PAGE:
CAREER: Optical Sensing and Imaging of Bacterial Infection to Improve Global Health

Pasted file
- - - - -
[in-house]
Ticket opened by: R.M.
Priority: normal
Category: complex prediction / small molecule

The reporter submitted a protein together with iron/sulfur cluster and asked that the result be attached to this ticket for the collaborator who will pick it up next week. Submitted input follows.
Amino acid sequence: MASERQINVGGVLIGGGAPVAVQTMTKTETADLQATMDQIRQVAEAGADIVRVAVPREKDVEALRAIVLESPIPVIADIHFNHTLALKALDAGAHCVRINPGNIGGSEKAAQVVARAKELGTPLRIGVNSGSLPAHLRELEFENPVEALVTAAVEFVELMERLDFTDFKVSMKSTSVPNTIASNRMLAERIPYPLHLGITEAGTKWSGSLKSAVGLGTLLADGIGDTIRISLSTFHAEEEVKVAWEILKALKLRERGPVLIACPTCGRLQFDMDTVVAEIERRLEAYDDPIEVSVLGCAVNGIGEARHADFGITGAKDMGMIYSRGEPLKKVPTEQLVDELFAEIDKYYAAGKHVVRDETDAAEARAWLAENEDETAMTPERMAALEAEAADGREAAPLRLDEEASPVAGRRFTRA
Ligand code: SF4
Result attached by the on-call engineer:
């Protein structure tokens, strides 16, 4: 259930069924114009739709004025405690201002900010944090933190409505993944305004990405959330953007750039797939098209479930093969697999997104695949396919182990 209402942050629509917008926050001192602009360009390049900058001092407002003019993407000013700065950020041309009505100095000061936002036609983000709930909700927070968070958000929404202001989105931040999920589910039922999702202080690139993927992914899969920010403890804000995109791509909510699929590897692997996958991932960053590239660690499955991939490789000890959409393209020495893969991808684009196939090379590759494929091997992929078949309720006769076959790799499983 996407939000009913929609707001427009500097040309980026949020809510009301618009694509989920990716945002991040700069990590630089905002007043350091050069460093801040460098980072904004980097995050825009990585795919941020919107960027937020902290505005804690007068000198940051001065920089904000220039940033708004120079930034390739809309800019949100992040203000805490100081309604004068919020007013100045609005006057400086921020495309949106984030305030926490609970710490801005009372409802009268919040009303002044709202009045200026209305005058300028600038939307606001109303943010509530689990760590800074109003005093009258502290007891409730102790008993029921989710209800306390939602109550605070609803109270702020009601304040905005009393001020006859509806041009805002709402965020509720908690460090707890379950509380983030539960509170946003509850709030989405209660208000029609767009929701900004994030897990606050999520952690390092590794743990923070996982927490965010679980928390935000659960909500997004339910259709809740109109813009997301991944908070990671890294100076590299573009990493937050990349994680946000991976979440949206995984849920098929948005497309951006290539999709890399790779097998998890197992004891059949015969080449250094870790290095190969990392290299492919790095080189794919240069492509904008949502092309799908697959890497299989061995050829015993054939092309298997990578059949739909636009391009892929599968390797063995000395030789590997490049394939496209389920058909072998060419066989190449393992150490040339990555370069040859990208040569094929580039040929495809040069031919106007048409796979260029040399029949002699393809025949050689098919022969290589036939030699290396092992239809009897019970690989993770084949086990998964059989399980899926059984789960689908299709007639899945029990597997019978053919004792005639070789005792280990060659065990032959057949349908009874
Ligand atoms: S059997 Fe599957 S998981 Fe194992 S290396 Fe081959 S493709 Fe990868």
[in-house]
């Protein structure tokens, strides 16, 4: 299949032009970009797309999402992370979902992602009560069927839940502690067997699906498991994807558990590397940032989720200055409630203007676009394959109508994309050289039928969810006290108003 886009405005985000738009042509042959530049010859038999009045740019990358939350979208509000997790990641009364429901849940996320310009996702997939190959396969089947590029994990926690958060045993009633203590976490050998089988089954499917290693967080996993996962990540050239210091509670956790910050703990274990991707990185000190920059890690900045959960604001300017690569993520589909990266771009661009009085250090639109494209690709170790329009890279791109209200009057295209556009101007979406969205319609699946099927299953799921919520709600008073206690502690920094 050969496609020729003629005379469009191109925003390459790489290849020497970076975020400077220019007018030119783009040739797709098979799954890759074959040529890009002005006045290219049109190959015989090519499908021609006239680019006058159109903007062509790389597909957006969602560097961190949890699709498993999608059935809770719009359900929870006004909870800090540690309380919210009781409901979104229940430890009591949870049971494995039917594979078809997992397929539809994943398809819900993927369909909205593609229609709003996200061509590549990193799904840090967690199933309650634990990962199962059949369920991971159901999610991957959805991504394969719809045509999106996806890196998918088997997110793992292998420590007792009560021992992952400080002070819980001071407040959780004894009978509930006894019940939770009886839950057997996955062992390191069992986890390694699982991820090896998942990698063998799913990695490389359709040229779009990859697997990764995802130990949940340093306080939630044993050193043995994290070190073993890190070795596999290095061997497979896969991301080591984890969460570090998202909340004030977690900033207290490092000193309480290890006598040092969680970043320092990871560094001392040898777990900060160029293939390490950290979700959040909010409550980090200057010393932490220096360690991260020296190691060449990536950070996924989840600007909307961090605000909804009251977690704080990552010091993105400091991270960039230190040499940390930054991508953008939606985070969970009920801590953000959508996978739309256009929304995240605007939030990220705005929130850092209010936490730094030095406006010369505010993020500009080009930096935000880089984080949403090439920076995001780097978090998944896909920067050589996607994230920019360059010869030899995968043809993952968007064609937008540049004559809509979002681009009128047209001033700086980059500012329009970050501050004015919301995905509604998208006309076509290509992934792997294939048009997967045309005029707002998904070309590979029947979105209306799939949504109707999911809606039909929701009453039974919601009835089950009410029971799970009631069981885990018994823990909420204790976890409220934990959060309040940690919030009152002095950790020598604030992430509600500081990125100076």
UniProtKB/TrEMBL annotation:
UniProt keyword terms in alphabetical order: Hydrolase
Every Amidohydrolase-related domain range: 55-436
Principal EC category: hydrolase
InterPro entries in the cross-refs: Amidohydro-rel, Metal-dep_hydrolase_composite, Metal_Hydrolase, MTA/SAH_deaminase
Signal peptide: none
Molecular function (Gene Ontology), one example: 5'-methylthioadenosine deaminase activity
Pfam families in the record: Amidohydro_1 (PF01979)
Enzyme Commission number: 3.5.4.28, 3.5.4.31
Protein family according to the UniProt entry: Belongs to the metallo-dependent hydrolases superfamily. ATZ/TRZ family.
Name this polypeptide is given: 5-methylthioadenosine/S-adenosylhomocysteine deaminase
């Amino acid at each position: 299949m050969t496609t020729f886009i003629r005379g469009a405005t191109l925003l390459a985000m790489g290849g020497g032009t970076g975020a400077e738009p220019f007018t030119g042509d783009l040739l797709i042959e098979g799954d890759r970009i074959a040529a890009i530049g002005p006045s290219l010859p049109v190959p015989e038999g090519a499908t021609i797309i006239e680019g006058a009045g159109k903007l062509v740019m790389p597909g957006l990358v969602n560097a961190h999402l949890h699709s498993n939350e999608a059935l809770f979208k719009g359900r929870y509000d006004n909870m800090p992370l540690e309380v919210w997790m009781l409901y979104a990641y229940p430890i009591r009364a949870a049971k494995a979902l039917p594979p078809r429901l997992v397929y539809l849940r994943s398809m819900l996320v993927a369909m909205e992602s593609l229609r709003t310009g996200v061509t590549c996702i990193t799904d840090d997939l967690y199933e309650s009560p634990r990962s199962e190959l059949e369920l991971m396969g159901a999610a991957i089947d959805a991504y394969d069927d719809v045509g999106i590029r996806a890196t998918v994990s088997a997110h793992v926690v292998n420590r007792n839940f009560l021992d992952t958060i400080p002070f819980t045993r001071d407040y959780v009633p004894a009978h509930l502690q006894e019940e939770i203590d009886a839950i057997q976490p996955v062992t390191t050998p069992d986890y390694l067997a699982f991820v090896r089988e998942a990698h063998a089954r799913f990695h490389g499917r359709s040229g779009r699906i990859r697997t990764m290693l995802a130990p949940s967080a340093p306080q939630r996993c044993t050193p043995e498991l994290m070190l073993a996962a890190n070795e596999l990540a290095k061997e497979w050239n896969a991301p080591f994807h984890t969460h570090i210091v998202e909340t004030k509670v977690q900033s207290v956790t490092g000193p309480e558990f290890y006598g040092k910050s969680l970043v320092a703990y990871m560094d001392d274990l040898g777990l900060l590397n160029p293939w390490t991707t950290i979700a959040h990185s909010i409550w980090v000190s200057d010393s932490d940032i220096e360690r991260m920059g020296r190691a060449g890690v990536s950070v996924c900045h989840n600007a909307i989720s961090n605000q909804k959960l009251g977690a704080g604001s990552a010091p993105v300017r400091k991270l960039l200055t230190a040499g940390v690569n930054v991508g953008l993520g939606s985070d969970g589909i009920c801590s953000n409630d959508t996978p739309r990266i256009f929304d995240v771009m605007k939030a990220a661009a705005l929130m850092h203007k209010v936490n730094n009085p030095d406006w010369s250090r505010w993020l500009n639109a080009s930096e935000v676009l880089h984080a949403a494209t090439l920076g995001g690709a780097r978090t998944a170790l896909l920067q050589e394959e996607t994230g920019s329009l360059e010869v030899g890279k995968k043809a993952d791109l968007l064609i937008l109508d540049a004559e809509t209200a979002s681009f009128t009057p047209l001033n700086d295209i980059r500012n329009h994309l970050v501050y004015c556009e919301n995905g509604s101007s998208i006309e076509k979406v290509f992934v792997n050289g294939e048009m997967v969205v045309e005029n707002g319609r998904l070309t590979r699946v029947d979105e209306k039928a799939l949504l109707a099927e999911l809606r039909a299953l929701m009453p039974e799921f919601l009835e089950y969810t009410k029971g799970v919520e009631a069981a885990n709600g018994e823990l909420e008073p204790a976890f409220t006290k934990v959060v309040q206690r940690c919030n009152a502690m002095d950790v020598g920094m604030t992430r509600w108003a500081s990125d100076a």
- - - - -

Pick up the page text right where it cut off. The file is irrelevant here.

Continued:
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Cell culture based methods for the detection and quantification of bacterial pathogens remain the gold standard. However, depending on the pathogen, this method can take anywhere from one day to one month to form colonies and can have high variability and limited sensitivity. The development of genetically-modified fluorescent bacteria for use in whole-animal imaging systems has enabled more rapid quantification of bacterial infection and real-time evaluation of therapeutic agents and vaccines. However, detection of fluorescent bacteria and resolution of regions of infection inside a host animal is limited due to tissue absorption and scattering, especially deep inside the animal, such as in the lungs in the case of tuberculosis. Consequently, a greater number of bacteria are required; however, high dose infections are not physiologically normal. The research proposed here will build on our preliminary work to develop optical fiber based technology to increase sensitivity in whole-animal imaging by bringing a novel diffusing fiber excitation source closer to the pathogen in the lungs, enable high resolution imaging in vivo in the lung co-registered with whole-animal imaging using an innovative miniaturized fiber microendoscope, and sense fluorescent bacteria at unprecedented levels using a diffuser-based probe for excitation with integrated fibers for fluorescence collection. The fiber sensor will be developed to exploit the recent development of a near infrared reporter enzyme fluorescence probe that has potential to be used for sensitive, real-time detection of tuberculosis in humans.